Three months later, she entered the U.S. on a visitor visa, overstayed, then fought deportation by asserting a right to asylum. An immigration judge in Minnesota, where she now lives, said he did not doubt Nabulwala had suffered in Uganda because of her sexual orientation. But he ruled that the rape was a “private family mistreatment,” and not sponsored or authorized by the government. However, the 8th U.S. Circuit Court of Appeals said the judge used the wrong legal standard, and ordered the case sent back for further proceedings on whether the Ugandan government was unwilling or unable to control the abuse, as Nabulwala contends.

Homosexuality is illegal in Uganda and punishable by one to four years in prison. But a police spokeswoman, Alice Nakoba, said no one has ever been convicted. She defended her country’s treatment of gays, saying that Ugandans seeking asylum in developed countries exaggerate. Nabulwala is “extremely happy” about the March 21 ruling, said her attorney, Eric Dorkin. Dorkin would not allow her to be interviewed or photographed, citing concerns about her safety and privacy. If Nabulwala is unsuccessful, she will be deported. “She’s afraid to go back,” Immigration Equality legal director Victoria Neilson said. “There’s no protection in Uganda for gay people.”



1. ”Amnesty Follies: The false inevitability of ‘Comprehensive immigration reform”’
Mark Krikorian
National Review Online, March 15, 2007

EXCERPT: ”When the Democrats won in November, there was a sense that an illegal-alien amnesty and huge increases in future immigration were inevitable. Even Rep. Tom Tancredo, the uber-hawk on immigration, was taken in: ‘We will fight it, we will lose,’ he told the Washington Times. ‘It will go to the Senate, it will pass. The president will sign it. And it will happen quickly because that’s one thing they know they can pass.’

”Sometimes it’s good to be wrong. . . . ”


2. ”An easy curb on illegal immigration”
by Jessica M. Vaughan
The Providence Journal, March 14, 2007

EXCERPT: ” … The most widely accepted approach is to prevent the employment of illegal aliens by making sure that businesses, state agencies and their contractors confirm the immigration status of new employees with the federal government. Colorado, Georgia and Idaho have already passed some degree of mandatory verification, and a bill filed by Sen. Marc Cote and Rep. Jon Brien, two Democrats from Woonsocket, would establish a similar practice in the Ocean State. … ”


3. ”Latino Voting in the 2006 Election: Realignment to the GOP Remains Distant”
James G. Gimpel
Center for Immigration Studies Backgrounder, March 2007

EXCERPT: ” … Practically speaking this means that to attract a steady stream of Latinos toward the GOP, continued economic prosperity and upward economic mobility will be important issues of concern. Republicans will make steady gains among Latinos through policies that facilitate Latino economic prosperity, business ownership, and secure employment.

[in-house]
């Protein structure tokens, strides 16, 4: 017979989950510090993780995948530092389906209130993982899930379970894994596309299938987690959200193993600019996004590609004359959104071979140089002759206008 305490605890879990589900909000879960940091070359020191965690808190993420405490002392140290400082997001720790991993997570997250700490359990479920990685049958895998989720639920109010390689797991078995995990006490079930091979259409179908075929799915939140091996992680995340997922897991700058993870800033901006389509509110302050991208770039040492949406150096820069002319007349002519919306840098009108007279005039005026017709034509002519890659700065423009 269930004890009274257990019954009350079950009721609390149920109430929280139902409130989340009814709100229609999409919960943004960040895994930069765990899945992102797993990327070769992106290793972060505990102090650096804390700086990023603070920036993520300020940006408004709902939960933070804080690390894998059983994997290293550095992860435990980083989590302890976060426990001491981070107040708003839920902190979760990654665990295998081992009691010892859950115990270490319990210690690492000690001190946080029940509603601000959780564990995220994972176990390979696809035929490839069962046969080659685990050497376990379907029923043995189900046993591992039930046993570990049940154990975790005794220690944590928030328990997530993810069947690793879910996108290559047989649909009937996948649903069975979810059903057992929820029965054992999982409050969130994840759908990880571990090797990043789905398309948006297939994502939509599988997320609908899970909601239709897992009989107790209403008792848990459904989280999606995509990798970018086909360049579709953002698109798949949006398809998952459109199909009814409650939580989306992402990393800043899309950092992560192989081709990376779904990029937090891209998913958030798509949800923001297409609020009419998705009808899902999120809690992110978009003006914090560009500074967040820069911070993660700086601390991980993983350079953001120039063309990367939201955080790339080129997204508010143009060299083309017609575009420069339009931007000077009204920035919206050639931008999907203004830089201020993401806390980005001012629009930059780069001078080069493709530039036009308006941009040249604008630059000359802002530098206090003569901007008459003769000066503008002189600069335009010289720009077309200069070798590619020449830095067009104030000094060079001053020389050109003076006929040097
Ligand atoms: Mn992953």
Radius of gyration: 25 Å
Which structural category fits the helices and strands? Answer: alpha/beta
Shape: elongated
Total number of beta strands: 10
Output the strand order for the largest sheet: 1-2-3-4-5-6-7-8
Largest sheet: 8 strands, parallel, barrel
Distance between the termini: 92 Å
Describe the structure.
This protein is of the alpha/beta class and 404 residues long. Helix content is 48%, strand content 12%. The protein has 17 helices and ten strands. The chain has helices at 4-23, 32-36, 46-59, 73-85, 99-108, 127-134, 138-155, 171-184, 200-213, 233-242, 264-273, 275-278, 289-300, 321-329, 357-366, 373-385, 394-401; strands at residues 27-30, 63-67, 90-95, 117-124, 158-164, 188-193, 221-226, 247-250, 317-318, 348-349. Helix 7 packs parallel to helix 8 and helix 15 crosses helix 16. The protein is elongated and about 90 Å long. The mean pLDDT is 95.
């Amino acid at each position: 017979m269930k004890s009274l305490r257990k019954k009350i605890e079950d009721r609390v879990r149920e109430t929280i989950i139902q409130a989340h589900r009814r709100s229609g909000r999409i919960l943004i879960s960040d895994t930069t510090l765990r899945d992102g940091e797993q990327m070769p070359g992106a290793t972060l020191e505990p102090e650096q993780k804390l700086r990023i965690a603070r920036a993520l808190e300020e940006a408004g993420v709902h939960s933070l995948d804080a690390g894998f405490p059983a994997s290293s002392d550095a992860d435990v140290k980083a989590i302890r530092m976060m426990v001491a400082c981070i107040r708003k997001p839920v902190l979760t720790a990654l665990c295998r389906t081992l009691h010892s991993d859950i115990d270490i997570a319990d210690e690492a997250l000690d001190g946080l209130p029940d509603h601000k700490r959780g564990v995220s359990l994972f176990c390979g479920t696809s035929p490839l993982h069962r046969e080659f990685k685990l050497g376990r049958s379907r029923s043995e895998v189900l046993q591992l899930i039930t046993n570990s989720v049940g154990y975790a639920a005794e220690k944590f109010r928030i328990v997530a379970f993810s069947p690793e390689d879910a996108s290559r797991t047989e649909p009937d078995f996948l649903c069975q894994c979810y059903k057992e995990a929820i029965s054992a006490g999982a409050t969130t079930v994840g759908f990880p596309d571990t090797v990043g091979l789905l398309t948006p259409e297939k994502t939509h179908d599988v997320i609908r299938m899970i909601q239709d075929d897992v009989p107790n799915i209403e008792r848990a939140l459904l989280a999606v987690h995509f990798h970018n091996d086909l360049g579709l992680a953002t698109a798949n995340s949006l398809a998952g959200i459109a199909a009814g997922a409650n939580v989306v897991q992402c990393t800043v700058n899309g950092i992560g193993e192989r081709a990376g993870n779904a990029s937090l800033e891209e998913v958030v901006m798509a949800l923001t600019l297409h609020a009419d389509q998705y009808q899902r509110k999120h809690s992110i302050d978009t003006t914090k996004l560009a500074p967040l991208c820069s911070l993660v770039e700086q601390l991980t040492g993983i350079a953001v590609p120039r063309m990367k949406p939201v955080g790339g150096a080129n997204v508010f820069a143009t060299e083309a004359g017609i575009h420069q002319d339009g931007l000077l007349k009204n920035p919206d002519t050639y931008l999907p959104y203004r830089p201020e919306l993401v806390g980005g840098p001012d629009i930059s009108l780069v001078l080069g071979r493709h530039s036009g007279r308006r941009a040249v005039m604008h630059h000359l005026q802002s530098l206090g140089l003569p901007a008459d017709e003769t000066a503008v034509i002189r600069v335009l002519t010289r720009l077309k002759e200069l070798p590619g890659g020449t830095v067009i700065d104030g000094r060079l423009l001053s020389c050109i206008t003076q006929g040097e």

”There is no evidence that a more open immigration policy is one of those policies, as there is ample evidence from economics that unskilled immigrants compete in the same labor market niches as unskilled natives, lowering wages and living standards among all unskilled workers (Borjas 2001; 2003). The best course toward the long-term political realignment of the Latino vote may be a less open immigration policy. The share of Latinos voting Republican has remained largely unchanged across three decades, with fluctuations barely exceeding the error margin in most surveys. If the path to Republican Party identification is paved by upward economic mobility, there would be many more Latino Republicans if these last 30 years had not witnessed record levels of unskilled immigration. … ”


4. ”Assistance for Elderly and Disabled Refugees”
Statement of Mark Krikorian before the Subcommittee on Income Security and Family Support, Committee on Ways and Means, U.S. House of Representatives March 22, 2007

EXCERPT: ” … In the context of limited government resources, and given the fact that a refugee is dramatically more costly to taxpayers than any other kind of immigrant, policymakers must consider whether the costs of admitting additional refugees should be balanced by a reduction in the admission of other immigrants. To govern is to choose, and if we choose to permit humanitarian immigration (as I would argue we must, though not necessarily as it is arranged today), then we must face up to the costs and order the rest of our immigration system accordingly.”